Canadian Association of Insolvency and Restructuring Professionals

Meet some of our Insolvency Administrators > Shuyen Bradshaw

Shuyen Bradshaw

June 13, 2023
Senior Insolvency Administrator
BDO Canada
Windsor, Ontario

Insolvency Administrators don't typically start off with an engineering degree, and Shuyen Bradshaw didn’t know about the industry ahead of time. She now thinks joining it was meant to be.

She came to Canada to study English after graduating from university in Venezuela, and soon met the man who is now her husband of some 23 years. As an immigrant and new graduate, she wasn’t able to work as an engineer, so she began taking accounting courses. Working in bookkeeping or accounting seemed to be a smart career move.

Along the way, a friend told her about an opening in insolvency administration at BDO Canada. She got the job, and soon refocussed her career plans.

“Being new to Canada, I was super driven and passionate about doing my best,” she says. “I threw myself into the work, and started asking questions and learning as much as I could. I really enjoyed the work.” She wanted to learn more and started the CAIRP Insolvency Administrator course and became an Insolvency Administrator in 2009.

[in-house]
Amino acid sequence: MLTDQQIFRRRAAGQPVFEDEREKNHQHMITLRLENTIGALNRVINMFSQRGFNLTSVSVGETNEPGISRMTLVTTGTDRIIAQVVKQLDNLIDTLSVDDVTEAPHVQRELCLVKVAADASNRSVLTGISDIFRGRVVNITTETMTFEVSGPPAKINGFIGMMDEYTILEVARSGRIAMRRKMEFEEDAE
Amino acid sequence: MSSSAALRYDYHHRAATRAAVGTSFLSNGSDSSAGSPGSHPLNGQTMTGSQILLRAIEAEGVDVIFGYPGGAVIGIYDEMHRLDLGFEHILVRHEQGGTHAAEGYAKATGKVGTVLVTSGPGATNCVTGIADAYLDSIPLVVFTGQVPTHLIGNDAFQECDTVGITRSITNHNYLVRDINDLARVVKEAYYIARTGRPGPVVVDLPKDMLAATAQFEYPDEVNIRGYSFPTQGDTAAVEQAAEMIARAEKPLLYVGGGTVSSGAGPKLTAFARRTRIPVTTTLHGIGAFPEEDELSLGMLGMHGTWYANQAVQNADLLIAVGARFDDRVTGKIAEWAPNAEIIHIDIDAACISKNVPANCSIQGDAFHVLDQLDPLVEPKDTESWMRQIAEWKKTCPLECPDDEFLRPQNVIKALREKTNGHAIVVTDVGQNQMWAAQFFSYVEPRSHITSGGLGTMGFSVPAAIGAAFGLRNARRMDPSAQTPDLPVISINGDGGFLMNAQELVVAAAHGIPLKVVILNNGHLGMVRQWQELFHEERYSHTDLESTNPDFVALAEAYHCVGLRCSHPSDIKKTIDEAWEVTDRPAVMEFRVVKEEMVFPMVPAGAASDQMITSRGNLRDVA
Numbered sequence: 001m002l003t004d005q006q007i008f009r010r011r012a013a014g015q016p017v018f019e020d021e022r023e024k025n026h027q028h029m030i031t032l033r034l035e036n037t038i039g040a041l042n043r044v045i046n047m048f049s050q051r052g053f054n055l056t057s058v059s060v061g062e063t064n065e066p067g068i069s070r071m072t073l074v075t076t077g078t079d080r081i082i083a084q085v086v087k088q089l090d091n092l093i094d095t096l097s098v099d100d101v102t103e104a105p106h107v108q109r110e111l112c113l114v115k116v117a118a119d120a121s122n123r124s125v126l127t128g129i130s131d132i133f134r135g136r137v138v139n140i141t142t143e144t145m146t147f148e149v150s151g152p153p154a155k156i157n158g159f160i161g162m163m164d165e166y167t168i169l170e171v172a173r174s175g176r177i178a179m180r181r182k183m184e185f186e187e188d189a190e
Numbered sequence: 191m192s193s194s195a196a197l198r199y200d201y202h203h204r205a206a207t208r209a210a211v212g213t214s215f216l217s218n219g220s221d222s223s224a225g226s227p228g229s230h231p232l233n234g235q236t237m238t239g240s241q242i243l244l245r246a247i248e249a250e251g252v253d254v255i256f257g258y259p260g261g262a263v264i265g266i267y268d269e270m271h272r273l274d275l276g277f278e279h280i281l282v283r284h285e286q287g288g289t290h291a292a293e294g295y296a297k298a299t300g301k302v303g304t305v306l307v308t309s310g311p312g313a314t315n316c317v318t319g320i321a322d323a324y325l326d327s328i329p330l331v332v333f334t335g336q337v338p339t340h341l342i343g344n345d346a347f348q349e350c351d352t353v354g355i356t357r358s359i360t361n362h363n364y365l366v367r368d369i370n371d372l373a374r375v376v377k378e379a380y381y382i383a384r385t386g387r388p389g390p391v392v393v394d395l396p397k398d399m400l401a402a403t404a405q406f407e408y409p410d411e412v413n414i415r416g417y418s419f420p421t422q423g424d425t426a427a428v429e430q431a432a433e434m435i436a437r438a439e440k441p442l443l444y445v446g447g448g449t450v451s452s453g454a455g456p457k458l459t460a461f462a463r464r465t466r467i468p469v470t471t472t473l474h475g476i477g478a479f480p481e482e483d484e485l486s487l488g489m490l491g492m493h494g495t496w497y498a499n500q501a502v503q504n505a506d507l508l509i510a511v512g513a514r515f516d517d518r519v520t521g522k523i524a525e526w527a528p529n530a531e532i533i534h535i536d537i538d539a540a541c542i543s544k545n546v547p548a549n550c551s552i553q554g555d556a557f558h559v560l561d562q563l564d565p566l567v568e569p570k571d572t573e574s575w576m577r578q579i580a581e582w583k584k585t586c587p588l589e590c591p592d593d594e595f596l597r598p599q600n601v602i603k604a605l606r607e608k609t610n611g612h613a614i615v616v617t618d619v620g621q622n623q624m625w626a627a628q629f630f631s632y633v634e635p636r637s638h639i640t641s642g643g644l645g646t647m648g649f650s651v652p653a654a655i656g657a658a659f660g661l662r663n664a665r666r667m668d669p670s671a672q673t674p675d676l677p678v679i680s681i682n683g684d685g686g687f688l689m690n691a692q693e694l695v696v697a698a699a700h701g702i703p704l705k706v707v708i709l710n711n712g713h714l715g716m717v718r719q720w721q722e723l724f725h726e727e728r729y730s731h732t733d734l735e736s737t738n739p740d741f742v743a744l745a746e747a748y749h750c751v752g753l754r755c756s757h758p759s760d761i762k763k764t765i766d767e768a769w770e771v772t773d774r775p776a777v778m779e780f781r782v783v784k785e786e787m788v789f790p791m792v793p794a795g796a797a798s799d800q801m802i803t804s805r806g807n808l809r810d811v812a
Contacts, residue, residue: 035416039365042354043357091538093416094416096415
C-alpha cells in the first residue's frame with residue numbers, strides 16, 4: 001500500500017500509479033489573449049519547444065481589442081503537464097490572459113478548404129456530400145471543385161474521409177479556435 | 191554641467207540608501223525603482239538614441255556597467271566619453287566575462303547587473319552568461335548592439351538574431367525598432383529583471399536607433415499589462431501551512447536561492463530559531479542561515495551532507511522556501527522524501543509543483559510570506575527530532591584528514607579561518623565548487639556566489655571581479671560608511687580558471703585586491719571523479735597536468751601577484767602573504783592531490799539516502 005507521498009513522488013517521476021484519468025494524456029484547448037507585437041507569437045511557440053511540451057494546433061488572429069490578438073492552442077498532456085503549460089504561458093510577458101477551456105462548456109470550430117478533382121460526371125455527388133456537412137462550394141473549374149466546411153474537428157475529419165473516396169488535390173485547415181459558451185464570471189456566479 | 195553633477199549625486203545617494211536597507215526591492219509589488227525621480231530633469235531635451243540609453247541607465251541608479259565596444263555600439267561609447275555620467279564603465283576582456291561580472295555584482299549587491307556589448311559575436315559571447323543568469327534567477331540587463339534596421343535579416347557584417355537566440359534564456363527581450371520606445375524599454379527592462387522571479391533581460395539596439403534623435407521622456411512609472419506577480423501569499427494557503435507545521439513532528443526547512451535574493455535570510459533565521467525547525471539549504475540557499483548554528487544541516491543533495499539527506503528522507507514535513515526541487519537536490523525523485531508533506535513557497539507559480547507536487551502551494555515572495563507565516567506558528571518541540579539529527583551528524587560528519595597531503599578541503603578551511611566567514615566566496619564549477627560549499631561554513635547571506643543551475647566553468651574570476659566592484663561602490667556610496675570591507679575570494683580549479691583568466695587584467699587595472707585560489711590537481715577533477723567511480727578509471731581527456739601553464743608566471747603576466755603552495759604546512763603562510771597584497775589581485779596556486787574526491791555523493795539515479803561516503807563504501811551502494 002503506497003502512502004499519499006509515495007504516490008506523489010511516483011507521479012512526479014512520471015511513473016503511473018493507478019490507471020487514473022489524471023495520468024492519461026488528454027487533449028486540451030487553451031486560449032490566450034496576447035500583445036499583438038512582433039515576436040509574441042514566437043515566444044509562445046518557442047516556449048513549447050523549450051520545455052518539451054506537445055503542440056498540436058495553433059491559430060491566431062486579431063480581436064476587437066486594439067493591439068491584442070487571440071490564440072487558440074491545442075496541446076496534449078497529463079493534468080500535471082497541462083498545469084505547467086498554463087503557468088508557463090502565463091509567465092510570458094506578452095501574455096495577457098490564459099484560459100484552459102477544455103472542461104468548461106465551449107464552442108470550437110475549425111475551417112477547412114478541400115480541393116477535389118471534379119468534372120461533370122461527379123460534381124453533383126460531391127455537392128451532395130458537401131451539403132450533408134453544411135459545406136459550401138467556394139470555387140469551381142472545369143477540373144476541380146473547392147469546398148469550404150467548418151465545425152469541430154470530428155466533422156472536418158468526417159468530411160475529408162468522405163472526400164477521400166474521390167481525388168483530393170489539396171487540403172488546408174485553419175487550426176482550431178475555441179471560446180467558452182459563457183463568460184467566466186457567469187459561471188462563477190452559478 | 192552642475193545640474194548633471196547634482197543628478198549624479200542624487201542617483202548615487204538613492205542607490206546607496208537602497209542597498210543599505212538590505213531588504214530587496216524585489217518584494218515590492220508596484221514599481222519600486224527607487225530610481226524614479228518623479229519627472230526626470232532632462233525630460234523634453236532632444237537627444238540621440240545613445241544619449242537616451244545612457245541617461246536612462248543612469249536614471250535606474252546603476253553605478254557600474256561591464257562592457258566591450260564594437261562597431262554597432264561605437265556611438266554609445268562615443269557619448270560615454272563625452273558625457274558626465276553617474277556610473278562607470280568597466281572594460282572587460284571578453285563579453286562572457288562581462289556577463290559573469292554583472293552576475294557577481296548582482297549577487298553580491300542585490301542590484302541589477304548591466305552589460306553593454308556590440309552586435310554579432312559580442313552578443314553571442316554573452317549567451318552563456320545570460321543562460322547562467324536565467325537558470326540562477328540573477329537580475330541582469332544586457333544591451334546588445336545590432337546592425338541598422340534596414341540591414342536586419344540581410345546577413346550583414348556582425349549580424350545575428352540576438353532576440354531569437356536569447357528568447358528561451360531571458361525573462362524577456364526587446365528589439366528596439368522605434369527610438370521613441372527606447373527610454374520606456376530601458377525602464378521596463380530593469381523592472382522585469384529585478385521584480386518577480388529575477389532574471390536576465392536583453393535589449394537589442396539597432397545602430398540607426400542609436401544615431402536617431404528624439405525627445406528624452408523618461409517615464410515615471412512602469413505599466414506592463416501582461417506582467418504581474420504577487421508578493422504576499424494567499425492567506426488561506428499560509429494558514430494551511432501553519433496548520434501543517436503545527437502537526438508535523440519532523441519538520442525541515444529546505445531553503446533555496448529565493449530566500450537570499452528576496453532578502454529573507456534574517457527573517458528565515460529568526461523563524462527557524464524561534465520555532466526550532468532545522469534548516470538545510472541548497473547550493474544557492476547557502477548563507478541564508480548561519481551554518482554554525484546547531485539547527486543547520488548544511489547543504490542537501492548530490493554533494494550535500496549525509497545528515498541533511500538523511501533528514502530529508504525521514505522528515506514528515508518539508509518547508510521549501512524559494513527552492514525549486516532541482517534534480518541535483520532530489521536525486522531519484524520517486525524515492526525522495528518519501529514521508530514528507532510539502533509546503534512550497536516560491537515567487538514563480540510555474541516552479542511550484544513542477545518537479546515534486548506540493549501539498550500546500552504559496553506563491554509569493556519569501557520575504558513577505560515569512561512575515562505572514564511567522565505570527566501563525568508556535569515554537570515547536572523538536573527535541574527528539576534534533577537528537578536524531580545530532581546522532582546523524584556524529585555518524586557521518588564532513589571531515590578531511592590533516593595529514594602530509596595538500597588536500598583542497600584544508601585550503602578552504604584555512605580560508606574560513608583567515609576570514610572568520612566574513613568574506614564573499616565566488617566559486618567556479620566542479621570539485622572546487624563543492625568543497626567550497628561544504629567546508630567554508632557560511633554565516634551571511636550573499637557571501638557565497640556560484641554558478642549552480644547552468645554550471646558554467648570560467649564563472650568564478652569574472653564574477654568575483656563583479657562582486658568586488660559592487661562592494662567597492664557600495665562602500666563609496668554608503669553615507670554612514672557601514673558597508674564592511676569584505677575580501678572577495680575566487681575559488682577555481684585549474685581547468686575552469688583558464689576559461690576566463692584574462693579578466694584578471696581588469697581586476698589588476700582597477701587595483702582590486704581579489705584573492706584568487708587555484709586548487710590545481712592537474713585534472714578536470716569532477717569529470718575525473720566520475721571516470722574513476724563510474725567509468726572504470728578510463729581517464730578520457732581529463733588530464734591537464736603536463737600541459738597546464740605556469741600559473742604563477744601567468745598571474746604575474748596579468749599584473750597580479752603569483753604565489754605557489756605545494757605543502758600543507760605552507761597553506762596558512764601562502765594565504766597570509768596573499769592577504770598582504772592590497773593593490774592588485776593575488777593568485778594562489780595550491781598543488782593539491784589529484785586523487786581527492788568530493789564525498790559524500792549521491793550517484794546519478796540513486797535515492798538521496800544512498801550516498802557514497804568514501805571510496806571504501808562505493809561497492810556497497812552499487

It turned out to be ideal.

Shuyen loves helping people and works hard to let clients know they are in good hands. Her bubbly personality and positive outlook allow her to connect with clients, and they understand she does not judge them.

She recognizes that each person is meeting with her due to a life event that got out of hand, such as a job loss, a business failure, a marital breakdown, illness or financial misstep. She doesn’t take it personally when clients are upset, but they come to know she will not allow disrespect – and they have been known to sheepishly apologize later. And empathy is a big part of the job; she works to earn clients’ trust and has even been known to hold someone’s hand in a meeting.

“You understand that people don’t want to be there,” Shuyen says. “They are upset or feeling down. Our job is to show them that we can help, that we understand their situation and that there is light at the end of the tunnel and the process will give them a fresh start.”

It can be a challenge, she notes, and it’s not for everyone. Some clients are reluctant to accept help and some make the process more difficult. Their stories touch her heart, and sometimes can drain her energy. But the work is also fulfilling, especially when clients leave the office smiling, sometimes saying they already feel better or that now they’ll be able to sleep since they have a solution to their financial issues.

Shuyen highly recommends insolvency administration as a career, and 16 years since she happened upon it, sees herself doing the work for many more years.

“Every day is different and challenging and every client meeting is unique,” she says. “You definitely don’t get bored!”